One Colorado Releases Closing the Gap: The State of LGBTQ Health

Denver, CO — Tonight, One Colorado, the state’s leading advocacy organization for lesbian, gay, bisexual, transgender, and queer (LGBTQ) Coloradans and their families released its most recent LGBTQ Colorado health report, titled Closing the Gap: The Turning Point for LGBTQ Health.  Over 60 community leaders, health partners, partner organizations, and LGBTQ Colordans and their families attended the 90 minute launch event at Mile High United Way.

Closing the Gap: The Turning Point for LGBTQ Health serves as a comparison to the data collected and reported on in 2011 in Invisible: The State of LGBT Health in Colorado. It summarizes the findings from the 2018 survey to shed light on the many obstacles faced by LGBTQ Coloradans and their families, as well as provides recommendations to continue to advance their health.

Cara Cheevers, Policy Director at One Colorado, who led the completion of the report, commented:

“Despite the incredible progress we’ve made to advance public policy that will benefit and protect LGBTQ Coloradans, the reality of achieving health has stagnated – or in some cases worsened – for LGBTQ Coloradans. This report reviews the progress we’ve made since our last health report was published in 2011 and highlights the health disparities that remain around access to health care, personal health and well-being, and gender-affirming care. With a thoughtful approach by health systems, policy makers, health providers, service organizations, and community members, we can make the necessary advancements to improve both the lived and legal equality in health care of LGBTQ Coloradan and their families.”

Web Brown, Director of the Office of Health Equity, Colorado Department of Public Health & Environment provided the following statement:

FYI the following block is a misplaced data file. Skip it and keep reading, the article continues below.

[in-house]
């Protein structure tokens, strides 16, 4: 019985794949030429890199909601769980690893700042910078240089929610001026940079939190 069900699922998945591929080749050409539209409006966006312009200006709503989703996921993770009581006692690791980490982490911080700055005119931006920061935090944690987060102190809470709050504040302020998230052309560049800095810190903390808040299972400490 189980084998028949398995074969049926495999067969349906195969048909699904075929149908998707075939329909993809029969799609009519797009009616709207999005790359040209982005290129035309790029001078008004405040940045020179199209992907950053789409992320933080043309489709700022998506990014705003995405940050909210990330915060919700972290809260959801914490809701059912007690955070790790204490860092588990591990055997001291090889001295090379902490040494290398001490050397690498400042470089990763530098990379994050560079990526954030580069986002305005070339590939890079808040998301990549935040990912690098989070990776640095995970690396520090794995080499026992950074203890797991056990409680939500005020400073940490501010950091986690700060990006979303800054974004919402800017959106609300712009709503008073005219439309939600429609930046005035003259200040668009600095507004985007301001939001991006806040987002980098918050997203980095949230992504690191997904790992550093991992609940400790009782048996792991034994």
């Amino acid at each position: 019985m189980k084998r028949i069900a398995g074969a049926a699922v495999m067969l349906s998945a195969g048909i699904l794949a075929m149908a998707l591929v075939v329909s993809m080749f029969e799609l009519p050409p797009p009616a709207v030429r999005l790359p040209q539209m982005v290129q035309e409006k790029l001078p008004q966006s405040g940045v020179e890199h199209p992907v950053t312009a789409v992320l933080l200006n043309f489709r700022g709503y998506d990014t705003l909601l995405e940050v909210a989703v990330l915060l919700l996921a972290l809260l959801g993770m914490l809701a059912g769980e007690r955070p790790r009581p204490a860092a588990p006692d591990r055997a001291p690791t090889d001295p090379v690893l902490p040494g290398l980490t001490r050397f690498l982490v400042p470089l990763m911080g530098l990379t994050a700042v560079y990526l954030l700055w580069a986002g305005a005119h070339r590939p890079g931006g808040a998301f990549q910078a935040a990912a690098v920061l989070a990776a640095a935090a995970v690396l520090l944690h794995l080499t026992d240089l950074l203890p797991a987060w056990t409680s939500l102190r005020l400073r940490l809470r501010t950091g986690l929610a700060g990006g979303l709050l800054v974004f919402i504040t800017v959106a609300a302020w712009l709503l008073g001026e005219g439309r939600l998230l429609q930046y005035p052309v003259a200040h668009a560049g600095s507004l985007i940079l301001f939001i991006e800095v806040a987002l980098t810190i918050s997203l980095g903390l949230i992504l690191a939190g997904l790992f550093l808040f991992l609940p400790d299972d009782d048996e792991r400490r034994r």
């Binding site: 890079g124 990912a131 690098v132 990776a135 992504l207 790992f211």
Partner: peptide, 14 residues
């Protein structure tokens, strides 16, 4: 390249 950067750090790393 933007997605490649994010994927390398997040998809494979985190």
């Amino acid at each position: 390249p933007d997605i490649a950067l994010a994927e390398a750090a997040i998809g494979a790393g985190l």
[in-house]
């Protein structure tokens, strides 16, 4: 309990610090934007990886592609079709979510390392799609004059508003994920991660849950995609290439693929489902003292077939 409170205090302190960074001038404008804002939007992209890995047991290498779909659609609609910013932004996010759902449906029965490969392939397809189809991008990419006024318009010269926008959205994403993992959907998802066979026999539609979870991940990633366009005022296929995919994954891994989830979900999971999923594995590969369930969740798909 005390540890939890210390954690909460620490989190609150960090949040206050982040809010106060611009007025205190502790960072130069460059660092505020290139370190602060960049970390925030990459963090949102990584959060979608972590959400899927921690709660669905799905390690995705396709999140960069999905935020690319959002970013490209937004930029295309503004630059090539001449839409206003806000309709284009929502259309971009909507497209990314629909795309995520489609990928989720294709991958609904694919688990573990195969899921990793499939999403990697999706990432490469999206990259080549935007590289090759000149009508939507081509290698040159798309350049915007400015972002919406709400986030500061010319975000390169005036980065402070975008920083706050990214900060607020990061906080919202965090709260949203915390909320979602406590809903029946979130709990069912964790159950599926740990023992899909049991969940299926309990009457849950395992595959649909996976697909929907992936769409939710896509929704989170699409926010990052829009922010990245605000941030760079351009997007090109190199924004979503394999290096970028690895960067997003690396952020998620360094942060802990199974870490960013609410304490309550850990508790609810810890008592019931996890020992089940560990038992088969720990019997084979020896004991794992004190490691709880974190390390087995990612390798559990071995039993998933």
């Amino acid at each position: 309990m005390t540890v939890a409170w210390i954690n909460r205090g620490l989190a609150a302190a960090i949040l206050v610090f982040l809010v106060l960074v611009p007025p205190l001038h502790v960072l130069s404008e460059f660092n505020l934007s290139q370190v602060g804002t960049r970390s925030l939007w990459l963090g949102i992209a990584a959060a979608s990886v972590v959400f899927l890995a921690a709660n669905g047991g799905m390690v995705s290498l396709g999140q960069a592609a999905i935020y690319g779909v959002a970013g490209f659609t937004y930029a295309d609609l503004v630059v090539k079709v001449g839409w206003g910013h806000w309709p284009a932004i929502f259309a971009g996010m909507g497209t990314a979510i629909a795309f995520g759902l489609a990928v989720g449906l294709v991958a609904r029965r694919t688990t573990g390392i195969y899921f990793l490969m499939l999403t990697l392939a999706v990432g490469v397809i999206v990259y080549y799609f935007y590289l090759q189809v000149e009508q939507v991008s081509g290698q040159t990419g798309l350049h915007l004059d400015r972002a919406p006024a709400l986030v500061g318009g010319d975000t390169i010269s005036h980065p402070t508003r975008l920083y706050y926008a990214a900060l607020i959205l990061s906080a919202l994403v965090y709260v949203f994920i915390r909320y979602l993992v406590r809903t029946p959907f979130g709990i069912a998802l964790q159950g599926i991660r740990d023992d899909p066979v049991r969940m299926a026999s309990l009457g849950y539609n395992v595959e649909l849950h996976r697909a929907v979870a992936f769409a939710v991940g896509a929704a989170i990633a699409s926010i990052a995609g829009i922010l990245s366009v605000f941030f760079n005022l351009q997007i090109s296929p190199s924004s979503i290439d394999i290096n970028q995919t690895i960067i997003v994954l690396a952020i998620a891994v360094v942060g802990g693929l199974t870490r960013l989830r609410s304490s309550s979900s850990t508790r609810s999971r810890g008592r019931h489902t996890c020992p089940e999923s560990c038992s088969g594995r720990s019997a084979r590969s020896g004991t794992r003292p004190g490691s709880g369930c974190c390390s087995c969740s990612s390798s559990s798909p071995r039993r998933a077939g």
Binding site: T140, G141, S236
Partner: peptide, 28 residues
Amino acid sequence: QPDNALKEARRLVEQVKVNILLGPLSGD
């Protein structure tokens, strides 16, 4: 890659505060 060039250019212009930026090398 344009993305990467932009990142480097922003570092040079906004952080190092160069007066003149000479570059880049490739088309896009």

“We each have unique life experiences based on where we were born, where we live, how old we are, our gender, sexual identity, race, etc. These life experiences shape our health outcomes. In fact, data shows us that the social determinants of health — where we live, work, learn and play — determines nearly eighty percent of our health. This means factors like income, education or neighborhood determine our opportunities and choices. When we also face more systemic barriers because of sexual orientation and gender identity, we have even fewer opportunities available to be healthy.”

Closing the Gap: The Turning Point for LGBTQ Health Advisory Committee members provided the following statements:

“Trans folks, specifically, are frequently shut out of life-saving care because of a significant lack of educated and affirming providers, restrictions on procedures deemed “cosmetic,” and overall costs that can easily equal or exceed one’s annual income. When we compound those barriers with the amount of  physical, verbal, and institutional violence that our community faces on a daily basis, it is so unbearably understandable why so many respondents have thought about committing suicide.” – Anaya Robinson, Co-Founder, Transformative Freedom Fund

“Thanks to the amazing work of One Colorado, this report can help guide Denver Health’s LGBTQ Center of Excellence in helping to create better access to both primary care and behavioral health services. In addition, we can continue to provide training for health care organizations around the state.” – Kari Kuka, Director of the LGBT Center of Excellence at Denver Health

“All patients should have access to inclusive and medically necessary care. The data demonstrates that inclusive care plays a significant role in patients actually getting the care that they need. From the healthcare perspective, gender-affirming care is medically necessary care in the same way treatment for diabetes or high blood pressure is medically necessary.” – Dr. Rita Lee, MD, Associate Professor at the University of Colorado School of Medicine, Department of Medicine, Division of General Internal Medicine

The full report is available online at